The Government has also continued to take some important symbolic steps towards promoting reconciliation and changing the majoritarian political culture. In November 2015, the Government de-listed a number of Tamil diaspora organisations and individuals who had been proscribed under the Prevention of Terrorism Act (PTA). The decision to sing the national anthem in both Sinhala and Tamil on Independence Day in February 2016 for the first time since the early 1950s was a powerful gesture, followed the next day by the reciprocal visit of the Tamil Chief Minister of the Northern Province to a Buddhist temple in Jaffna. On May 19, 2016, the previously hubristic military celebrations of the 2009 victory were replaced by a more understated Remembrance Day. President Sirisena and Prime Minister Wickremesinghe have visited war-affected and displaced communities, and the President pardoned a convicted LTTE prisoner who once plotted to assassinate him.

A UNHRC session in progress

The High Commissioner firmly believes that bold and visible steps of this kind can have a far-reaching effect in creating a climate of confidence and trust, but obviously need to be accompanied by more institutionalized change. At the same time, he is concerned by continued aggressive campaigns in social media and other forms (such as the “Sinhale” bumper sticker campaign) that stoke nationalism against ethnic, religious and other minorities. In recent months, incidents targeting the Muslim community, evangelical Christian and LGBT groups have continued to be recorded. The High Commissioner encourages the Government to be more forthright in combating such discriminatory violence, including through appropriate legislation to regulate hate speech and incitement to violence.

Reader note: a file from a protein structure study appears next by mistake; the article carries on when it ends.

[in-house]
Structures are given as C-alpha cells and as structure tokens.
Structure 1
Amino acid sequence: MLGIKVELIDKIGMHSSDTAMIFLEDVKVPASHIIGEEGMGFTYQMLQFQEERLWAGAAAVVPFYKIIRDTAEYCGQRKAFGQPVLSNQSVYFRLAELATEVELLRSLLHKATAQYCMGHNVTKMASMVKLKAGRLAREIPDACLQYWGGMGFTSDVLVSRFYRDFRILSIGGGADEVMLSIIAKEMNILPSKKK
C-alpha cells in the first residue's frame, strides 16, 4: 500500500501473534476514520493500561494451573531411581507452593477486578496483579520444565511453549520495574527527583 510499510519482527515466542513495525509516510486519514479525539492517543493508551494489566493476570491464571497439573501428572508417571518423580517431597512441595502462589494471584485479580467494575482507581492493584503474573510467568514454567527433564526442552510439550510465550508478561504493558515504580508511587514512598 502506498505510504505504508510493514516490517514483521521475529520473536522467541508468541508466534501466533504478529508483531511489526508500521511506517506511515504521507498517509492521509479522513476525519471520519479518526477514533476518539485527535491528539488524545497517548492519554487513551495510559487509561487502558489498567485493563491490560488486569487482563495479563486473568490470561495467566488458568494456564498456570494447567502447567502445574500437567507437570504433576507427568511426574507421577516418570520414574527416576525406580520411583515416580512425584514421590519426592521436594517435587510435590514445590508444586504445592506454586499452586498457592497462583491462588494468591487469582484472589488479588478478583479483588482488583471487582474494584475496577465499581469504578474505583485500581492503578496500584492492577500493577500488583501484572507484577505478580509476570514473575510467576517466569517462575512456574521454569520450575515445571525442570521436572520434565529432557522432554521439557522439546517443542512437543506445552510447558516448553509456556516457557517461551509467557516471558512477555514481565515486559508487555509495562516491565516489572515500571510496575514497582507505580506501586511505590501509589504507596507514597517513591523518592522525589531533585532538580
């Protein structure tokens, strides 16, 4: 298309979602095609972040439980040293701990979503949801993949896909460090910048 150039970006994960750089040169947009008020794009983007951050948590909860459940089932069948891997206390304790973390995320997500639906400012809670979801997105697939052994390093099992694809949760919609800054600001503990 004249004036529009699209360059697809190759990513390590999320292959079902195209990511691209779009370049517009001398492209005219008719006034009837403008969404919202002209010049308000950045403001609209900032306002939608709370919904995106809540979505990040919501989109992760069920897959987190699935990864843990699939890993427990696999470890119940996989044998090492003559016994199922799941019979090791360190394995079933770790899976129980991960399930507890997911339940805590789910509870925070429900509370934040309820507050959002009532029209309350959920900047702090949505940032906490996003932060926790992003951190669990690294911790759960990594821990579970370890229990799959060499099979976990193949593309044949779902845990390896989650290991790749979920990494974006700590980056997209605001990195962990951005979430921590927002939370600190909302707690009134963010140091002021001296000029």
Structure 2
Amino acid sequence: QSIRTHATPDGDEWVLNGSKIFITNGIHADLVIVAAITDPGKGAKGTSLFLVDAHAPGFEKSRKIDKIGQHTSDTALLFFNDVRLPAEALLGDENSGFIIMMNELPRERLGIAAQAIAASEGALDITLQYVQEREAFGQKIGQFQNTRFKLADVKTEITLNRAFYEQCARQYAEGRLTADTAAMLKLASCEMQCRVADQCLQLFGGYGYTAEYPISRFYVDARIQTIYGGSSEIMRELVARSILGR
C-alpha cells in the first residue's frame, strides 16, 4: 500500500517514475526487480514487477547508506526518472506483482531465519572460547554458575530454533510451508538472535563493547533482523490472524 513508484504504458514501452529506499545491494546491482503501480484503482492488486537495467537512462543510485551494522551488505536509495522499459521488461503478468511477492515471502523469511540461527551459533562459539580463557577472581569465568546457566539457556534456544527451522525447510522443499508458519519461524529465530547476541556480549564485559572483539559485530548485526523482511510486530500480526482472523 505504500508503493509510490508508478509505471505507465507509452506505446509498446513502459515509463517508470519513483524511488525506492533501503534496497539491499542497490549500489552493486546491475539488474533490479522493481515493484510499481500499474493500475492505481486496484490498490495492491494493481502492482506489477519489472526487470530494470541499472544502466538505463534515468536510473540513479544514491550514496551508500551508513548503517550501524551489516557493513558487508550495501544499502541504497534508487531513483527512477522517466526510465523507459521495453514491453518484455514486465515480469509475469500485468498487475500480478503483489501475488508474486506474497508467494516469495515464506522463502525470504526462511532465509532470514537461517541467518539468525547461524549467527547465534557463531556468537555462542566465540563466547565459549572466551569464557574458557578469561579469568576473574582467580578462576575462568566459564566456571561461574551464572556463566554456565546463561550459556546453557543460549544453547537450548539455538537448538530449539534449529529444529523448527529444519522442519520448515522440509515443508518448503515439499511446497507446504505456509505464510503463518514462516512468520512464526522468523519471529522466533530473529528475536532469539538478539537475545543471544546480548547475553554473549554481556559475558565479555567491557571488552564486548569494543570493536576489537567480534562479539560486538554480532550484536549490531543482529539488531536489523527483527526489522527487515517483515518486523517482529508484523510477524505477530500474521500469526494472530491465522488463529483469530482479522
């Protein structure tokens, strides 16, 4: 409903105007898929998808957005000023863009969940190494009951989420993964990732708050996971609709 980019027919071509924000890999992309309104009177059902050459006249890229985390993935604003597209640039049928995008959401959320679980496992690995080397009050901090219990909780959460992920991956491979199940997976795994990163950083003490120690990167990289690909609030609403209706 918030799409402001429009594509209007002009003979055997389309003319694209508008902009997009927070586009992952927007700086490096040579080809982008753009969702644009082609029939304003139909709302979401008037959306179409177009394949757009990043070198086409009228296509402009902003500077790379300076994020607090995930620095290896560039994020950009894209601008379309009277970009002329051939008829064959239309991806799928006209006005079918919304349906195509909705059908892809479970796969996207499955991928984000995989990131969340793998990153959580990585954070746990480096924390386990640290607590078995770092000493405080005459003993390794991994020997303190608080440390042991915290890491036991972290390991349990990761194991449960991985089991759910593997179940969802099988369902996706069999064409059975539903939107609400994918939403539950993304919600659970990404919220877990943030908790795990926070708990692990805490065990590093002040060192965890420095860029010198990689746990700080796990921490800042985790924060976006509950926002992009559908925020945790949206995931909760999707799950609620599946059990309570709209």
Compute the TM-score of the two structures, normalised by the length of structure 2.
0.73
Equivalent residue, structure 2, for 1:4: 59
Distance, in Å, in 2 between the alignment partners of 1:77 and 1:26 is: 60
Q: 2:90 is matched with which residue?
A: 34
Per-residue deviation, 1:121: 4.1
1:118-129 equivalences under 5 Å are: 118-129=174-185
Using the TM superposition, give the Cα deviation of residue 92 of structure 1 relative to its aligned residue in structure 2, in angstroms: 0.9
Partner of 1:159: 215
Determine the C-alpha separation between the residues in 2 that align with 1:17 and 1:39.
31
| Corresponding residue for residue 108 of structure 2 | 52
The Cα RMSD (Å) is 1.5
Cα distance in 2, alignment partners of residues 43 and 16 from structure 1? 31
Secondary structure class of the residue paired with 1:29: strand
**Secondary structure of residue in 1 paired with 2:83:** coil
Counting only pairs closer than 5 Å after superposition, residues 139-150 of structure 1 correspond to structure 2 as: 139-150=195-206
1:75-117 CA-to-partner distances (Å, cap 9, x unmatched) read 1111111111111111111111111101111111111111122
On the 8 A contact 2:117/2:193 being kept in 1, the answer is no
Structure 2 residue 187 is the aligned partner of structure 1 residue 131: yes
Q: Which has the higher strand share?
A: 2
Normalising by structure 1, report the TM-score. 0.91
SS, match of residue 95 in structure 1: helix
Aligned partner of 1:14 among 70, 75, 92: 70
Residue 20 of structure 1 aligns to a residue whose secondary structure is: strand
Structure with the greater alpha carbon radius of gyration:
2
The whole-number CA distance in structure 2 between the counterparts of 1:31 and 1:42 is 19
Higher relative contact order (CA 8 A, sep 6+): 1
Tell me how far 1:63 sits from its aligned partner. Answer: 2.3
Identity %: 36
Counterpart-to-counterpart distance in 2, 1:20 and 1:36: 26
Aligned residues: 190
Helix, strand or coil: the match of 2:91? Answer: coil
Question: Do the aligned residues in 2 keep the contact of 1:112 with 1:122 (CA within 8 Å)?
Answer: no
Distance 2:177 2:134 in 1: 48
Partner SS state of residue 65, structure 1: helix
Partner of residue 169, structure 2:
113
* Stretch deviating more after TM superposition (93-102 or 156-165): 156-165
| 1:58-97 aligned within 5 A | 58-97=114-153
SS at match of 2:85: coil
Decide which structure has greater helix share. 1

The Government has also not moved fast enough with other tangible measures that would help to build confidence among victims and minority communities. In 2015, the Government made initial progress in the identification and release of civilian land in the North and East still held by the military, with 3,136 acres returned to some 2,200 families. In 2016, the Armed forces have reportedly released further 2,652 acres, mostly in Jaffna and Mannar areas. During his visit, the High Commissioner was told of some of the complexities being encountered in the release of land and relocating structures built by the military, but he was assured a new task force was expected to complete the process by June. Since then, little progress has been reported and civilian leaders and officials seem to be struggling to secure cooperation from the military. Reports continue of military engagement in commercial activities, including farming and tourism. During his visit to displaced communities in Jaffna, the High Commissioner observed that the lack of transparency and information is feeding new levels of frustration and disenchantment. As one IDP camp resident in Jaffna told him: “We have good governance now, but we just want to go home.”